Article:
Problem Solving at Work (Part II)

Published Thursday, May 13, 2010 9:37 AM

My last post discussed why problems arise in the workplace and how we typically deal with them when they do. In this post, we will take a closer look at the problem solving process.

"Nothing gives one so much advantage over another as to remain always cool and unruffled under all circumstances."

A mediate.com article on resolving conflict at work cites this Thomas Jefferson quote to point up the importance of keeping calm, cool and collected in the face of a problem. As the article notes, we need to step back and try to see the bigger picture. This perspective-taking includes a candid appraisal of what we might have done/be doing to fuel the issue.

Once you - and everyone else involved - have settled down, you can address the problem step-by-step. As an initial step, it is important to pinpoint the issues by fielding and clarifying different perspectives. A next step is to brainstorm solutions that satisfy everyone's interests. To find the point (or points) of mutual interest, you need some patience and creativity. You also need good active listening skills. When you engage in active listening, you offer physical and/or verbal signs that you understand and appreciate what people are saying to you. Make direct eye contact, nod your head and say "OK, go on" or "I understand."  Clarity of understanding is critical here, you may even need to repeat back, "This is what I understand and heard you say, " ---- " is that correct?"  

Once you have some possible solutions on the table, you must collaborate to evaluate and select the best option or options. To facilitate this part of the process, you can answer several key questions set out in this article on How to Become an Effective Problem Solver:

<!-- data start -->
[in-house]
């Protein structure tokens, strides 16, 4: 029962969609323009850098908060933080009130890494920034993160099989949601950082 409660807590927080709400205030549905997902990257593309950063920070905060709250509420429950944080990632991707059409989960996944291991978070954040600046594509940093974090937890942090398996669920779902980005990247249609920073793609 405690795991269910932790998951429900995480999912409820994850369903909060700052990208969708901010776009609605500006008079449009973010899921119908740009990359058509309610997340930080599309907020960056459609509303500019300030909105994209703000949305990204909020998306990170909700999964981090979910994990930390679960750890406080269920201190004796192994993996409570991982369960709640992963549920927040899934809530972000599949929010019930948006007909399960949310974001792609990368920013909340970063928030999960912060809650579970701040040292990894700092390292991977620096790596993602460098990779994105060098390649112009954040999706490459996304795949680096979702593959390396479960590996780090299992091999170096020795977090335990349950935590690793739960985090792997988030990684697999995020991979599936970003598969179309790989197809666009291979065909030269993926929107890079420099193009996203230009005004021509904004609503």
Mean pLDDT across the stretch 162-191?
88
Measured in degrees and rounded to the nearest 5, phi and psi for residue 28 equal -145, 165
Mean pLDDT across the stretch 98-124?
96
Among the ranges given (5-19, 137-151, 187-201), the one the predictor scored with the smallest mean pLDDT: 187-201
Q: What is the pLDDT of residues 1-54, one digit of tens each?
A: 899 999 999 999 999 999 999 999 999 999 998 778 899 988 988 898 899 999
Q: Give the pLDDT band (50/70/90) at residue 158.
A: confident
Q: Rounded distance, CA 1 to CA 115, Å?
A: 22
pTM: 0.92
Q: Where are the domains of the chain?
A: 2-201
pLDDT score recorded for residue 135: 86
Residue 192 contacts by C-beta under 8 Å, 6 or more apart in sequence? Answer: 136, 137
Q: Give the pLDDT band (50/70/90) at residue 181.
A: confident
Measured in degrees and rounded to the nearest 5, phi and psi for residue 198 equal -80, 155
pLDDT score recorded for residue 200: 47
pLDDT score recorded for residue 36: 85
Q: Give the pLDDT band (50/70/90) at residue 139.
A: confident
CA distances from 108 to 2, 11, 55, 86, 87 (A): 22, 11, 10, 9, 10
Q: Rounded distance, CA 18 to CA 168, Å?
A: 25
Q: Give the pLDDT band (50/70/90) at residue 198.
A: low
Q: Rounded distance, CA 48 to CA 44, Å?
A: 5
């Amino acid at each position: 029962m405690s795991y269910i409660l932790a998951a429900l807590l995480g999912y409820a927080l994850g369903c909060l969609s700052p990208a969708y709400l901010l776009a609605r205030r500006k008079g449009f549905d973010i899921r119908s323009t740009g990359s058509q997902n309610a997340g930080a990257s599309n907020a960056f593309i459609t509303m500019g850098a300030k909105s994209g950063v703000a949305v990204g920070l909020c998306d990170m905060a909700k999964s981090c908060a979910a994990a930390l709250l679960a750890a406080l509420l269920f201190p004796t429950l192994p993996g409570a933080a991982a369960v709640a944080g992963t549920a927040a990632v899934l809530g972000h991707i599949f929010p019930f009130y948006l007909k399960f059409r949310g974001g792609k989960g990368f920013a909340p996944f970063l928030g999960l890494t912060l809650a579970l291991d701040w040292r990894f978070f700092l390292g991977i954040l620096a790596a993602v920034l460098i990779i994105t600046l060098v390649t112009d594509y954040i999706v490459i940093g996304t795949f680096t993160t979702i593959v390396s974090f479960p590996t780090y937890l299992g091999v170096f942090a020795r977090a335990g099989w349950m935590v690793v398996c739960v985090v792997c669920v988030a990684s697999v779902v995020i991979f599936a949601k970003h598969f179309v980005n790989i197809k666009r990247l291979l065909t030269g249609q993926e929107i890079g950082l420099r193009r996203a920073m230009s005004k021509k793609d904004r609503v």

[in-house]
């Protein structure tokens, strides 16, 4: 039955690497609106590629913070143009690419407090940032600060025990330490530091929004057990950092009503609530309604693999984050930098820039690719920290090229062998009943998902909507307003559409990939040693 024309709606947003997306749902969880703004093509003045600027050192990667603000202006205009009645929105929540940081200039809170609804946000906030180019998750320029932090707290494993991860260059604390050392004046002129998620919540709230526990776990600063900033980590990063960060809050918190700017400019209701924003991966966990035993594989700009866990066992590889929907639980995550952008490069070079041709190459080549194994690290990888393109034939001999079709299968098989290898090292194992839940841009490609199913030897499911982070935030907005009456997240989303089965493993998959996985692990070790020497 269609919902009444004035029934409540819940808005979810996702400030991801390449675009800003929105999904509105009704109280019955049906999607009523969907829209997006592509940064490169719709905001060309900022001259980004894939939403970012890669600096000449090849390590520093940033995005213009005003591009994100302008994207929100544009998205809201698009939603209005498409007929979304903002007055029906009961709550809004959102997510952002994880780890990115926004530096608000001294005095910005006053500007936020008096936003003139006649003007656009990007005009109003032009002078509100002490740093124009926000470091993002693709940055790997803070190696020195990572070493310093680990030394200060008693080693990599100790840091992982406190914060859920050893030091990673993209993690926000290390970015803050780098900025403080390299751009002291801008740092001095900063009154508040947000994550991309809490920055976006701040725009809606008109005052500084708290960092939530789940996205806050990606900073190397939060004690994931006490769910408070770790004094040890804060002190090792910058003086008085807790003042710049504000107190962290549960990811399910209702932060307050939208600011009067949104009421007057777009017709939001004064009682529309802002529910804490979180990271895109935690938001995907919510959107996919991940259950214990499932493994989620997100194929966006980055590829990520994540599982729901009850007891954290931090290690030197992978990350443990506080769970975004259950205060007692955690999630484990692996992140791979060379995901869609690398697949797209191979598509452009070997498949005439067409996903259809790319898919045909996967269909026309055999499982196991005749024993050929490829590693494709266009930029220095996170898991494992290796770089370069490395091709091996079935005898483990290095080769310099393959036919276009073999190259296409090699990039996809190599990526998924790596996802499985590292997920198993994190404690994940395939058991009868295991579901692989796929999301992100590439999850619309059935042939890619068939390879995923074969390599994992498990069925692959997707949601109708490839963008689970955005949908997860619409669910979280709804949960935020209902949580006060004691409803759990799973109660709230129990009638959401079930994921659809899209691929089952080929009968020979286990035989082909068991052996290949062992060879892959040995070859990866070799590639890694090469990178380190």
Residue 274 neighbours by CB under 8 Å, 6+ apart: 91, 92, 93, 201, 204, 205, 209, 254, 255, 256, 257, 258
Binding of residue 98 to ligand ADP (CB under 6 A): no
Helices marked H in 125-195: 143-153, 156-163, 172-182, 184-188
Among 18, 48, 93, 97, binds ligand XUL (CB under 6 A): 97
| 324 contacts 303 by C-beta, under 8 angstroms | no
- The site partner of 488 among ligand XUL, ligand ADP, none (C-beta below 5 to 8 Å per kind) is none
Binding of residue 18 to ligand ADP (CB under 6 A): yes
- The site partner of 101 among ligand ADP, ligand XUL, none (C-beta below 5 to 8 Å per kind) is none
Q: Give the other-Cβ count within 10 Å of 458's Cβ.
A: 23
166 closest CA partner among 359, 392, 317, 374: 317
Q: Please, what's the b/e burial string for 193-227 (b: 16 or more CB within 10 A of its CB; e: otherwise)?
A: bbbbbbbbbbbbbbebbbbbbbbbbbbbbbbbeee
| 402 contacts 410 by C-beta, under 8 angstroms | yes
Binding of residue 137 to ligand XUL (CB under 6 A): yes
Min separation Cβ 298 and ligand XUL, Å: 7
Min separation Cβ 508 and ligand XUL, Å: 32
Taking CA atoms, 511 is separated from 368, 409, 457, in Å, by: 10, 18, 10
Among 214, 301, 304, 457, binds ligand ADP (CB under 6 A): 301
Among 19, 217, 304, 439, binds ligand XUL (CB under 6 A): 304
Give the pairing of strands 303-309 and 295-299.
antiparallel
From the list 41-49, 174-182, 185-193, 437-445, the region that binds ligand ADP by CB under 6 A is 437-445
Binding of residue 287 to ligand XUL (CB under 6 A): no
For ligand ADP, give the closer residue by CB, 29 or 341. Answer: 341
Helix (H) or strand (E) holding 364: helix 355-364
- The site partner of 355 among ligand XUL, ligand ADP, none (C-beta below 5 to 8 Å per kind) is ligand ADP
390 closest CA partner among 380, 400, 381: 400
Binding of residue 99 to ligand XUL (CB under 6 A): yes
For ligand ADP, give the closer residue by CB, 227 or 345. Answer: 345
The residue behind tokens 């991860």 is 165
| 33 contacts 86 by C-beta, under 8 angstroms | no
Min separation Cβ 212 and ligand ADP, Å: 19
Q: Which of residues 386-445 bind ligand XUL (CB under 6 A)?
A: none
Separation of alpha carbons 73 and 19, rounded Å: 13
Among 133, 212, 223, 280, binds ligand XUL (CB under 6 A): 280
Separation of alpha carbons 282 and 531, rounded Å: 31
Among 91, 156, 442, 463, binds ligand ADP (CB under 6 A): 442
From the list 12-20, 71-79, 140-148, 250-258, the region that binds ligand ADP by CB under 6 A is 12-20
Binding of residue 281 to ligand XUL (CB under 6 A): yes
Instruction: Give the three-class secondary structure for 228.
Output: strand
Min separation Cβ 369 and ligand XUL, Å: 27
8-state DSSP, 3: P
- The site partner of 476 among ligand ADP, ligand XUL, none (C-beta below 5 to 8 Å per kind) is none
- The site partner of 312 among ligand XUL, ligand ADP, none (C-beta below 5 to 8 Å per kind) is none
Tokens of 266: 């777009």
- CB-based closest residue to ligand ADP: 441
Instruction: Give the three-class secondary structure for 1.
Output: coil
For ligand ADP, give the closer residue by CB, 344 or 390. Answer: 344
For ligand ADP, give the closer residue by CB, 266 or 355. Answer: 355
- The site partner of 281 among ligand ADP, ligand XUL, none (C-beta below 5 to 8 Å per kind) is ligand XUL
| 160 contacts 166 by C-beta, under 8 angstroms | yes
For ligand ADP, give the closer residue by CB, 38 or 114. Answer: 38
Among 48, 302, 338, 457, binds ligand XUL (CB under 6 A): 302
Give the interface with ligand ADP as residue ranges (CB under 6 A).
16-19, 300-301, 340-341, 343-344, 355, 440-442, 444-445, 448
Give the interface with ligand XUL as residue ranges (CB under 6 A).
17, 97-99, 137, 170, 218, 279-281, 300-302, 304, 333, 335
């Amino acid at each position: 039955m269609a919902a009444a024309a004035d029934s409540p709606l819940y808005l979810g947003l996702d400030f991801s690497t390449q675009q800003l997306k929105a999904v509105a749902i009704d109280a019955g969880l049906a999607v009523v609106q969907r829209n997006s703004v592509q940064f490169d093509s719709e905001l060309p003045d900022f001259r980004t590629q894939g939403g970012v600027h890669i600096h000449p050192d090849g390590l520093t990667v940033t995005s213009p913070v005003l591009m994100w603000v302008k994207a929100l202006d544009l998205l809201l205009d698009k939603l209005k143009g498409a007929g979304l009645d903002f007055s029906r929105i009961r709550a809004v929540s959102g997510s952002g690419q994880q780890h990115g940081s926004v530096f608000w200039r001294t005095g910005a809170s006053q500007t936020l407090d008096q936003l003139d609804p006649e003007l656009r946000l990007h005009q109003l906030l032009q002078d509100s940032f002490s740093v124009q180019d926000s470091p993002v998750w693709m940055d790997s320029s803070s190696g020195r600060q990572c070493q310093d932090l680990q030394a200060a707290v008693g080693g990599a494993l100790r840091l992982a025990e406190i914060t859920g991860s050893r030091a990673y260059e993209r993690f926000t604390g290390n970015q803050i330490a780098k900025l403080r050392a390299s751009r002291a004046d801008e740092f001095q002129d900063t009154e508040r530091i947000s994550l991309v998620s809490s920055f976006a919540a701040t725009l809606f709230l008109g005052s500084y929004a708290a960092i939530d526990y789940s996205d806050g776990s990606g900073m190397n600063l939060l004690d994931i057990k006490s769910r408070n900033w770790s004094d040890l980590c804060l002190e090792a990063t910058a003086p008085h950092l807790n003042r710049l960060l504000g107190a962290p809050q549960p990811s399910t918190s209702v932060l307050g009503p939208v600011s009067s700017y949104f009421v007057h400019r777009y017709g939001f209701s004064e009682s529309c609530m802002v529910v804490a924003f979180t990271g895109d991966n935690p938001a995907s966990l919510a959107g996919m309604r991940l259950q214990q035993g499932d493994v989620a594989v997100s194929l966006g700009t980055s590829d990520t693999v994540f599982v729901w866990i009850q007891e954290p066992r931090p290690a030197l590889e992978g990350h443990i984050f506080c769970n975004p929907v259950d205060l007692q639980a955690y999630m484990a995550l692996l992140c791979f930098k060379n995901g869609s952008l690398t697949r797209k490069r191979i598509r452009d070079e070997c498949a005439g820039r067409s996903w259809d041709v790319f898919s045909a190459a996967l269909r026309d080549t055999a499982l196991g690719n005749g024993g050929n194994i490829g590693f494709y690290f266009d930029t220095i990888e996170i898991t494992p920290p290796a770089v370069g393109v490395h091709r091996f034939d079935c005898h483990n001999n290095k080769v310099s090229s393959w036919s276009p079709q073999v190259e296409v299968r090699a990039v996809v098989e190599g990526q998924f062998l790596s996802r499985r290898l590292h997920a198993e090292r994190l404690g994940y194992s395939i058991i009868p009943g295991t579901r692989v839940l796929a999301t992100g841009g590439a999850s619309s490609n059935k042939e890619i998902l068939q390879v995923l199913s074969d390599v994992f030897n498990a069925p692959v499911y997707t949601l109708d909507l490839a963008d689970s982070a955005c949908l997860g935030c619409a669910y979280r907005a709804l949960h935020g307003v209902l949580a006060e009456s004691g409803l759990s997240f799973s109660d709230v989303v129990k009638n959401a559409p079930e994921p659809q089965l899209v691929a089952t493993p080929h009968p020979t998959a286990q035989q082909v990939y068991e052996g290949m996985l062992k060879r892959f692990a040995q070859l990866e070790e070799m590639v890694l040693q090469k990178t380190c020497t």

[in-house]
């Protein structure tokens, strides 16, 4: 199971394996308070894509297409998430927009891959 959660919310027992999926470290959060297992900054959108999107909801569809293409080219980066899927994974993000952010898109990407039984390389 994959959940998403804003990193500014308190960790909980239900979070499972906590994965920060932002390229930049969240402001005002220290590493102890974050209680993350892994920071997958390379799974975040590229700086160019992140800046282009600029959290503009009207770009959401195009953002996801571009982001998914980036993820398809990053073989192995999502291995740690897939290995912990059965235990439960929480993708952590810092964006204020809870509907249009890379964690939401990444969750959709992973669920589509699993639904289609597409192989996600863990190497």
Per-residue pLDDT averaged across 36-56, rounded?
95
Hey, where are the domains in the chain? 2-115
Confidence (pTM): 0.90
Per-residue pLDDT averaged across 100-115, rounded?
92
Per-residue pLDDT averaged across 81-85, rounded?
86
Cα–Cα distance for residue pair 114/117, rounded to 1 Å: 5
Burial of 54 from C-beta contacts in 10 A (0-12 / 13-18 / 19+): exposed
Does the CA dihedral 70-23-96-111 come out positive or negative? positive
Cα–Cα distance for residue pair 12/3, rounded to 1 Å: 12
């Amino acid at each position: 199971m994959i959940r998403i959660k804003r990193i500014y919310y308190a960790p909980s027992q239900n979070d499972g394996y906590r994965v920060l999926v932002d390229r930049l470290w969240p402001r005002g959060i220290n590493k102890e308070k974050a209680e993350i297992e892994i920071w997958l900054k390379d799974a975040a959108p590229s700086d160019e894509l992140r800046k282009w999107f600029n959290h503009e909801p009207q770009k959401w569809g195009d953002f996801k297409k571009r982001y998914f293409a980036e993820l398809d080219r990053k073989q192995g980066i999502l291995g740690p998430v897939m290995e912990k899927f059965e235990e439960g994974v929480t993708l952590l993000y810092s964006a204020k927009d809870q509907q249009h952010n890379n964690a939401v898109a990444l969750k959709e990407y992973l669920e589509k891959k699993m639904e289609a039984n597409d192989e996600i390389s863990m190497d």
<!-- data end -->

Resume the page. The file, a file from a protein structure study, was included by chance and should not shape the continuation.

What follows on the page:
• How many options do you have?
  • Which options seem reasonable?
  • Have you weighed the pros and cons of your options?
  • Are there any limitations to your options?
  • Are some options better than others? If so, why?
  • Are there advantages and disadvantages you need to take into consideration?

One added technique working well for us at our Esselte manufacturing facilities around the globe is "Try-Storming" our options.  By using mock-ups and simulations built of various raw materials, we give the team a better, more realistic view of the success of their idea.  This process takes mistakes and time out of the problem solving life cycle and shortens the lead time to successful outcomes.

After weighing the options and deciding on a solution, you should memorialize the solution in a written agreement. According to this article on problem solving in the workplace, any agreement should include provisions for revisiting your solution on an ongoing basis to ensure that it still meets your needs.

If you use a problem-solving process at work, we want to know about it. Please share it with us here or on the Beyond Folders Community's Facebook and Twitter pages.

by Bradley Eggers

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About Beyond Folders™

Beyond FoldersTM is written by a team of Pendaflex associates passionate about time management, communications, productivity and workplace organization.  Believing in  "continuous improvement" on both a personal and professional level, they share their unique perspectives on subjects of common interest to our readers.

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